The Chagossians who live in Seychelles, Mauritius and the United Kingdom are expected to visit their home islands later in November.
The visit funded by the government of Mauritius is being organised as the islanders prepare to assume governance of their islands.
The planned visit follows a vote in May this year by the UN General Assembly which condemned Britain’s occupation of the Chagos islands. The vote was in support of a motion setting a six-month deadline for Britain to withdraw from the Chagos island chain and for the islands to be reunified with neighbouring Mauritius.
Pierre Prosper – chair of the Seychelles-based Chagossians – said that the visit is one for reconnaissance and is in the interest of the displaced population.
“We are still in the planning stage and working on the logistics related to the trip and we yet to decide on the numbers to go,” said Prosper.
Prosper added that “it is important to establish right at the beginning that all Chagossians from all over the world should be included and involved in the island’s governance.”
A recent meeting was held in Mauritius that gave the displaced people a chance to meet and discuss an agreement which will lead to the development of a constitution for the islands.
“We need to make sure that right at the beginning it is clear in the agreement that Chagossians should be at the head of the governance of their islands and should not be something that when the islands are transferred the Mauritian government takes the lead and the Chagossians get diluted,” explained Prosper.
Prosper added that “we recognise the administration of Mauritius because of the United Nations. And for the first time after a long time, we, meaning the Chagossians from all over, we are agreeing on the same thing.”
According to Prosper the group is united and will stand on the same decisions when the islands are transferred back.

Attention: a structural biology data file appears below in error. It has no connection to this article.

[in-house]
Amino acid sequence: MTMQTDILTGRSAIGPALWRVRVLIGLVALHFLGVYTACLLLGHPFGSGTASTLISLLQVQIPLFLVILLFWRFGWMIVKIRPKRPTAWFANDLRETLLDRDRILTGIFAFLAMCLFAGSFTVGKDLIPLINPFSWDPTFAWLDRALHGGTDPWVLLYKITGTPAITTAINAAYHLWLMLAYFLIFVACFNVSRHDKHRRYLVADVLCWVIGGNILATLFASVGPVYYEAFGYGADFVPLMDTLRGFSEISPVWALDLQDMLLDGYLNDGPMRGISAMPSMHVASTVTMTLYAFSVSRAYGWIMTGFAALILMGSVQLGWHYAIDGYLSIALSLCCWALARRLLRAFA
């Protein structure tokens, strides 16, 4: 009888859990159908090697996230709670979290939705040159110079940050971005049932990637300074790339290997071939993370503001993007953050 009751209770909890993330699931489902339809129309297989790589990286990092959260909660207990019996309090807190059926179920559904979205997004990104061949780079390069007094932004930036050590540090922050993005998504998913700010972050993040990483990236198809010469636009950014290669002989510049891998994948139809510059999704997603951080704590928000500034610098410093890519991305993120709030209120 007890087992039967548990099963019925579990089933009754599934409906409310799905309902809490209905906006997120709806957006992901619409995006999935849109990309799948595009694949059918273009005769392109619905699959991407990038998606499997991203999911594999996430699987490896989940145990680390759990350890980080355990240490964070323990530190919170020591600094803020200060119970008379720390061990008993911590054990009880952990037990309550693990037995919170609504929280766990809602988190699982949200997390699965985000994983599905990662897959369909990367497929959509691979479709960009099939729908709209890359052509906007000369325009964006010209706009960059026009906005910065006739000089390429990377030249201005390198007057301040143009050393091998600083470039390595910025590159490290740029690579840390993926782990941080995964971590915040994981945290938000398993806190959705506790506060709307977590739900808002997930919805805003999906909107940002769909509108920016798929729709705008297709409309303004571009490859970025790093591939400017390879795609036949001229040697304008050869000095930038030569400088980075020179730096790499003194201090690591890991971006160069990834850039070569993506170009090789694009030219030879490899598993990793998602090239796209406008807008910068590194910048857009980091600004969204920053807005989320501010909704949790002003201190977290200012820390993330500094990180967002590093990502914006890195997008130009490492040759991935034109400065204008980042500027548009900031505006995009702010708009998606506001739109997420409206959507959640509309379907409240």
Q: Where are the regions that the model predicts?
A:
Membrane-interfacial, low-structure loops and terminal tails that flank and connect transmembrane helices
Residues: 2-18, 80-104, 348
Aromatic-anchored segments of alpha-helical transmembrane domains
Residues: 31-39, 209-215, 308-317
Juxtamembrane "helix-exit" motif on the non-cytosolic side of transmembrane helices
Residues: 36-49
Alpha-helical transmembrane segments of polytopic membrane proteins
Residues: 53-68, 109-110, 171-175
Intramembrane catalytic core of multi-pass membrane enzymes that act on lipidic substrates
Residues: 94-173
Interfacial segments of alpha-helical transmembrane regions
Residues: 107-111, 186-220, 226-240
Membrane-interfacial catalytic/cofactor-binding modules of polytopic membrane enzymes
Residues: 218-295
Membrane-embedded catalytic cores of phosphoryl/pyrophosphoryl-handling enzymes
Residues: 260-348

Chagossians were forcibly evicted from the Chagos archipelago in 1960 when the UK leased the main island, Diego Garcia, to the United States to use as a military base. (Pierre Prosper) Photo License: CC-BY
“We all have agreed, it’s not the Mauritians who will talk to the Americans but all of us will do. We should have a central role in the governance of the islands. We have agreed that we will put all our points together and make a joint presentation to the government of Mauritians and we hope that they will agree to it,” explained Prosper.
A member of the second generation of the Chagossians – Rosabelle Gendron – told SNA on Tuesday, that this upcoming visit is crucial and important one.
“I heard from my mother and the rest of the family that their displacement was a traumatizing one, as they had no time to prepare. So the visit will help them to reconnect to their homes especially now that their permanent return there is a possibility.”
Around 2,000 Chagossians were forcibly evicted from the Chagos archipelago in the central Indian Ocean in 1960 after the UK leased the main island, Diego Garcia, to the United States to use as a military base.
More than 200 were deported to Mahé, the main island of Seychelles – 115 islands in the western Indian Ocean – between 1967 and 1973 when the country was still a British colony.
Source: Seychelles News Agency